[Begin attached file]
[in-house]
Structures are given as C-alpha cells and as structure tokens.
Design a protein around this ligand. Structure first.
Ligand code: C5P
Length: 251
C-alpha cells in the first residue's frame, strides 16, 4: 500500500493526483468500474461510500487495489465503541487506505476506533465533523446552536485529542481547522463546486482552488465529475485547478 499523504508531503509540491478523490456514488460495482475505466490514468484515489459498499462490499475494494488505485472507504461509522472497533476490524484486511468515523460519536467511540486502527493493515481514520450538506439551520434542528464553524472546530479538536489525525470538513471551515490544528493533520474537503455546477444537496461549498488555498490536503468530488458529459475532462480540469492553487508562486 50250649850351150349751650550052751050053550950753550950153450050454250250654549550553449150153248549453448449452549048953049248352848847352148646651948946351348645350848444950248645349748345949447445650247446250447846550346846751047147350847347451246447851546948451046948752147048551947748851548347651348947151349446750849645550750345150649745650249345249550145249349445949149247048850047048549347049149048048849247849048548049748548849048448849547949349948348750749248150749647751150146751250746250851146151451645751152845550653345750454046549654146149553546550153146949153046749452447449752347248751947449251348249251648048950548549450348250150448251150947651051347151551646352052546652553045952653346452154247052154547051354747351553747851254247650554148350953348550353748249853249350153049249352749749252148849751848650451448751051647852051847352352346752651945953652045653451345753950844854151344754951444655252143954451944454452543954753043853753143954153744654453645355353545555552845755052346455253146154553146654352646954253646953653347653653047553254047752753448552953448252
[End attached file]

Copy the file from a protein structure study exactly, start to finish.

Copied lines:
[in-house]
Structures are given as C-alpha cells and as structure tokens.
Design a protein around this ligand. Structure first.
Ligand code: C5P
Length: 251
C-alpha cells in the first residue's frame, strides 16, 4: 500500500493526483468500474461510500487495489465503541487506505476506533465533523446552536485529542481547522463546486482552488465529475485547478 499523504508531503509540491478523490456514488460495482475505466490514468484515489459498499462490499475494494488505485472507504461509522472497533476490524484486511468515523460519536467511540486502527493493515481514520450538506439551520434542528464553524472546530479538536489525525470538513471551515490544528493533520474537503455546477444537496461549498488555498490536503468530488458529459475532462480540469492553487508562486 50250649850351150349751650550052751050053550950753550950153450050454250250654549550553449150153248549453448449452549048953049248352848847352148646651948946351348645350848444950248645349748345949447445650247446250447846550346846751047147350847347451246447851546948451046948752147048551947748851548347651348947151349446750849645550750345150649745650249345249550145249349445949149247048850047048549347049149048048849247849048548049748548849048448849547949349948348750749248150749647751150146751250746250851146151451645751152845550653345750454046549654146149553546550153146949153046749452447449752347248751947449251348249251648048950548549450348250150448251150947651051347151551646352052546652553045952653346452154247052154547051354747351553747851254247650554148350953348550353748249853249350153049249352749749252148849751848650451448751051647852051847352352346752651945953652045653451345753950844854151344754951444655252143954451944454452543954753043853753143954153744654453645355353545555552845755052346455253146154553146654352646954253646953653347653653047553254047752753448552953448252